Album Reviews

jennylee – Right On!

(Rough Trade) UK release date: 11 December 2015

jennylee - right on! Warpaint bassist Jenny Lee Lindberg has said that Right On! was never intended to be more than a set of demos, recorded during downtime after the band finished touring their second album. Gradually though, something began to flourish from these basal efforts, so she booked time in producer and drummer Norm Block’s studio in California, bringing in Broken Bells guitarist Dan Elkan and her bandmate Stella Mozgawa among others to flesh out 10 songs in as many days.

Opener Blind, narcotised and reverb-soaked, crawls perhaps further along an experimental path than Warpaint have to date, but there’s little aside from the initially impressive murk to hold the interest. Far better are the adumbrated R&B of Boom Boom, driven by a clipped, repetitious line from Lindberg – channelling the industrial funk of 23 Skidoo, gradually building with fuzzy voice and guitar – and Never, which blends the ice-cool discord of Kim Gordon’s songs for Sonic Youth and a rhythm section almost note-perfectly recreating the interplay of Joy Division/New Order’s Hook and Morris.

The stand-out Long Lonely Winter follows; initially sparse, almost tender in its self-pity (“I’m cold in my weakness”). Lindberg coos over stripped-back guitar and bass (recalling The Cure’s desolate Faith as much as her own band’s Undertow) before, in the final two minutes, a needling synth enters and the bass and drums pick up a loose, staccato groove – Jenny Lee’s playing here is economical and funky, plucked muted strings adding texture and space.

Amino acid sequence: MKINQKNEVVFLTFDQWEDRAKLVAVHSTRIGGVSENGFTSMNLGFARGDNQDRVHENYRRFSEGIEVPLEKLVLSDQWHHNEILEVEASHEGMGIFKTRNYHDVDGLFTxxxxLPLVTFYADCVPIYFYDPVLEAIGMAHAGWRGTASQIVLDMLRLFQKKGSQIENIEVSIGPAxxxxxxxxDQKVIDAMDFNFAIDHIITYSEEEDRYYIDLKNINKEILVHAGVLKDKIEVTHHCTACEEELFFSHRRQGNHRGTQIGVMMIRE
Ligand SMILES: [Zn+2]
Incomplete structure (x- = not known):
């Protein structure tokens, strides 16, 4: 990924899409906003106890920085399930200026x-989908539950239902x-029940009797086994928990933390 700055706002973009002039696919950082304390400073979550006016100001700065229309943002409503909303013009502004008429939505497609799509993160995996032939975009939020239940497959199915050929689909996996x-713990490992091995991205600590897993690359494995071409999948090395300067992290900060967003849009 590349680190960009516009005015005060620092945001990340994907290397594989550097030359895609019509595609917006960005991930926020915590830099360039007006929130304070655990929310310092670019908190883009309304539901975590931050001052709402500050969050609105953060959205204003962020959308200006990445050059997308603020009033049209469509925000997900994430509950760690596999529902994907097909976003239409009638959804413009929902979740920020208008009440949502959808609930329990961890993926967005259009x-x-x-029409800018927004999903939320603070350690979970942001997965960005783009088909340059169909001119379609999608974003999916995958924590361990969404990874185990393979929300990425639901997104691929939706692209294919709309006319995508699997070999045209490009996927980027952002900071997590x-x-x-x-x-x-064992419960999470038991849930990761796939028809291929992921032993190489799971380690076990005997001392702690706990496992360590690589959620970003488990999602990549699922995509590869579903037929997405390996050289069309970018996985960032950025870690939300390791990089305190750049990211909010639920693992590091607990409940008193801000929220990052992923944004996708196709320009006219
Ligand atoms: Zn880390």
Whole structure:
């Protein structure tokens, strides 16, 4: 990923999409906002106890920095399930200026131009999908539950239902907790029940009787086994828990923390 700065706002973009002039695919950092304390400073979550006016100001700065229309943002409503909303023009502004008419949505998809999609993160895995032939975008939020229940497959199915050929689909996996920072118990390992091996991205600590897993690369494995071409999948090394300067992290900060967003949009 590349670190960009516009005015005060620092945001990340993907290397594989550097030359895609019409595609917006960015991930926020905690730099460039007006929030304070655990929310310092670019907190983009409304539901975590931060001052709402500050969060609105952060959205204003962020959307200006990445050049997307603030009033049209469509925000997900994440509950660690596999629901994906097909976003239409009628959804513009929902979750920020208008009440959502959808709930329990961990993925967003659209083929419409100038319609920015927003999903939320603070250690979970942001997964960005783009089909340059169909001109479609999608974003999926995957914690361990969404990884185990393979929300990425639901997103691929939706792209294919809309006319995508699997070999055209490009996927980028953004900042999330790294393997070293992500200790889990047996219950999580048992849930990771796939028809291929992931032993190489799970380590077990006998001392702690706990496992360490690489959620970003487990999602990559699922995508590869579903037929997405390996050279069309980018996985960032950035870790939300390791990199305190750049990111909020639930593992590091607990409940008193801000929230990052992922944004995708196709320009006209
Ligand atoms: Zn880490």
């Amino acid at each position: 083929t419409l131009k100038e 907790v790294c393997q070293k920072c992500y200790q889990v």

In its best moments, Right On! is a dark, bewitching début that is bound to appeal to fans of Warpaint. Too often, though, its formulas are repeated and sketches left uncoloured to cumulatively less engaging effect. Bully fails to live up to its claustrophobic menaces (“Have you seen her, do you know where she hides, I’m gonna get her, I’m gonna turn her inside out”), while the wonky, de-tuned He Fresh is a clammy slow-jam that starts gaunt and wears thinner.

Perhaps betraying the album’s demo-only origins, lyrics are often limited to a few repeated phrases or single words, frequently hard to pick out from the effects-laden mire: it could be telling that Lindberg has expressed a lack of confidence in her own singing voice, coming from a band whose songs so often are built around the intermeshed voices of their two guitarists.

The second half  does hold a few pleasures, though: Riot is a dub-heavy groove with shades of The Slits that’s atmospheric but dangerously danceable; the excellent Offerings again brings the early work of Robert Smith and co. to the table, and White Devil’s escalating back-and-forth with guest vocalist Kris Byerly recalls the male/female vocal sparring of Leicester’s Prolapse.

Lindberg clearly shares her bandmates’ taste for the darker side of post-punk and new wave, which is capably displayed, but there’s little here that stands apart from her work with Warpaint, suggesting anything more than a record born of idle time in recording and touring schedules, with Real Life – stark and acoustic, with the delicately terrifying intensity of Polly Harvey or Kristin Hersh – the first sign of other directions that might have been taken. Frustratingly, it’s the final song.

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